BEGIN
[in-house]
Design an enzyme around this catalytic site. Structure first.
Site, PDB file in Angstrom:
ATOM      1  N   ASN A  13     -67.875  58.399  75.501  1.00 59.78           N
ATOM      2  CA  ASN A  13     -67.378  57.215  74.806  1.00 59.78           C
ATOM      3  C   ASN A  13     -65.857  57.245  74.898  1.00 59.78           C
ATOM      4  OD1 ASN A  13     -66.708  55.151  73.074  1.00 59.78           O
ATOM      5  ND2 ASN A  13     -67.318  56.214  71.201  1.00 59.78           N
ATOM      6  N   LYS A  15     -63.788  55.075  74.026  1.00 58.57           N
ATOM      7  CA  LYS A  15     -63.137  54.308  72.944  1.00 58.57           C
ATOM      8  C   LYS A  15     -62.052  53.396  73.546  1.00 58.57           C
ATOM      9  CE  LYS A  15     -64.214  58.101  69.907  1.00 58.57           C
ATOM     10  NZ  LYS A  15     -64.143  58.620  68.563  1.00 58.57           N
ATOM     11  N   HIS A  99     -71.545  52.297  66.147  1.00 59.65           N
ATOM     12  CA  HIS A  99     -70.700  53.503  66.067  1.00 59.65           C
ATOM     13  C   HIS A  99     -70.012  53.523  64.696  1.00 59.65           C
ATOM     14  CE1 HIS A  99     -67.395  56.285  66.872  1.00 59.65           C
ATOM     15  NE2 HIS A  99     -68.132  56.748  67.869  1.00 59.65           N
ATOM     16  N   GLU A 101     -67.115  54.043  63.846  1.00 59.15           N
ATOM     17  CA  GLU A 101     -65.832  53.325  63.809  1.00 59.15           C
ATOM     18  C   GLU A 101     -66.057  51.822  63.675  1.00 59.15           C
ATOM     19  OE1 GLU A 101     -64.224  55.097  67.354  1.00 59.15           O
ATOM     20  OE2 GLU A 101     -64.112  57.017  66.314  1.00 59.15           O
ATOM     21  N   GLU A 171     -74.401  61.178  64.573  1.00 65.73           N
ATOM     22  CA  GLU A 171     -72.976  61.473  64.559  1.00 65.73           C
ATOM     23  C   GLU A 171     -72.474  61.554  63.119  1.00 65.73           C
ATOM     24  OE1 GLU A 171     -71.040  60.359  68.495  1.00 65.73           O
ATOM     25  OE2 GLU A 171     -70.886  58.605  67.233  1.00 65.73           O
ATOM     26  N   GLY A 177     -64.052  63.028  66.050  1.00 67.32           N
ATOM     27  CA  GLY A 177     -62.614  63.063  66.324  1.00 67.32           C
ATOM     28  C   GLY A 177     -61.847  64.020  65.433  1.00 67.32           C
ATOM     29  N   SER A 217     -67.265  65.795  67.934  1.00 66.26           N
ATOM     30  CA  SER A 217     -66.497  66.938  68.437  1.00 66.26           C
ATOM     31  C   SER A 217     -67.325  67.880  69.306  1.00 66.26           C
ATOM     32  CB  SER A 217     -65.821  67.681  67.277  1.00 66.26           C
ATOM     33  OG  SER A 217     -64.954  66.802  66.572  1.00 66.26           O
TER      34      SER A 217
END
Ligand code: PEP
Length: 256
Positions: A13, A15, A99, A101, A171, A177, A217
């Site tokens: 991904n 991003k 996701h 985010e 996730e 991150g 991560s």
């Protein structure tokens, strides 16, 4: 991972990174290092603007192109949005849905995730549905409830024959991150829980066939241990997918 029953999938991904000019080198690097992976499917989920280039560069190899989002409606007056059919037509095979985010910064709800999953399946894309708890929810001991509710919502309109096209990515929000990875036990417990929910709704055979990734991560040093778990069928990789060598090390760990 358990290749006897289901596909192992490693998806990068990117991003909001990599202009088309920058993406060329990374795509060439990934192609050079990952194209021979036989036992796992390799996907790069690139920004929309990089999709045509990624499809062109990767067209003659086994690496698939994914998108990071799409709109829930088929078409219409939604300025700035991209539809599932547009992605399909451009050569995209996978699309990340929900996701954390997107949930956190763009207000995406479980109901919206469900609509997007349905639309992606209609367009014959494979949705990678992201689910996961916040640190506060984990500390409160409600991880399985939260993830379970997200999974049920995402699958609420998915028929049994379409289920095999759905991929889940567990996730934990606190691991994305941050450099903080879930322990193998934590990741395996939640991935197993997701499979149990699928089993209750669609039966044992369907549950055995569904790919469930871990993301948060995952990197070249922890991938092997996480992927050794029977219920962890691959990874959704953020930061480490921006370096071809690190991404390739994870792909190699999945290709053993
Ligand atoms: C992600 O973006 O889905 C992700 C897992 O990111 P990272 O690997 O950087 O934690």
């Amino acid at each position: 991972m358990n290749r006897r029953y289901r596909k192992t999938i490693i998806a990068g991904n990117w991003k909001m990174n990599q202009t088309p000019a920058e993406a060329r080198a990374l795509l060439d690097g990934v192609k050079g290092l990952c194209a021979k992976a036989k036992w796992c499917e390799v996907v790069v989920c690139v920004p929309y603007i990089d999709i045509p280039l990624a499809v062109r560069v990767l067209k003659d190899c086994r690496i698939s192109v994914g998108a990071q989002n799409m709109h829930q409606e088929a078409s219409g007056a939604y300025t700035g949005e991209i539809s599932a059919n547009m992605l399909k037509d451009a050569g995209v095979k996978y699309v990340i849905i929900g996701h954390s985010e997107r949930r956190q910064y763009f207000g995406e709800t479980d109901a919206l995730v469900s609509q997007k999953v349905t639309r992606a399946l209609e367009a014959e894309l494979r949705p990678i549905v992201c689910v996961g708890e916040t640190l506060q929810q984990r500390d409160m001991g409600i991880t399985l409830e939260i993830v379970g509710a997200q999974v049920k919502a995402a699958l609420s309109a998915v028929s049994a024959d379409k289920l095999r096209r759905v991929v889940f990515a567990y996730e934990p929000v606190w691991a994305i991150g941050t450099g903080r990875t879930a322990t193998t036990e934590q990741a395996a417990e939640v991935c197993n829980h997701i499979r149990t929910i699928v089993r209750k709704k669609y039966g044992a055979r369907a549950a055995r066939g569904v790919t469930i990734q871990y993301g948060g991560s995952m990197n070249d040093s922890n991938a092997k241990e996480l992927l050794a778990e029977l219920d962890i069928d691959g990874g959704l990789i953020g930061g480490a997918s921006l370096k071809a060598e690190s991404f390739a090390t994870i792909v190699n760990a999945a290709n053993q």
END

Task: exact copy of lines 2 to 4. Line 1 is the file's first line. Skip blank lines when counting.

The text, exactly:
Design an enzyme around this catalytic site. Structure first.
Site, PDB file in Angstrom:
ATOM      1  N   ASN A  13     -67.875  58.399  75.501  1.00 59.78           N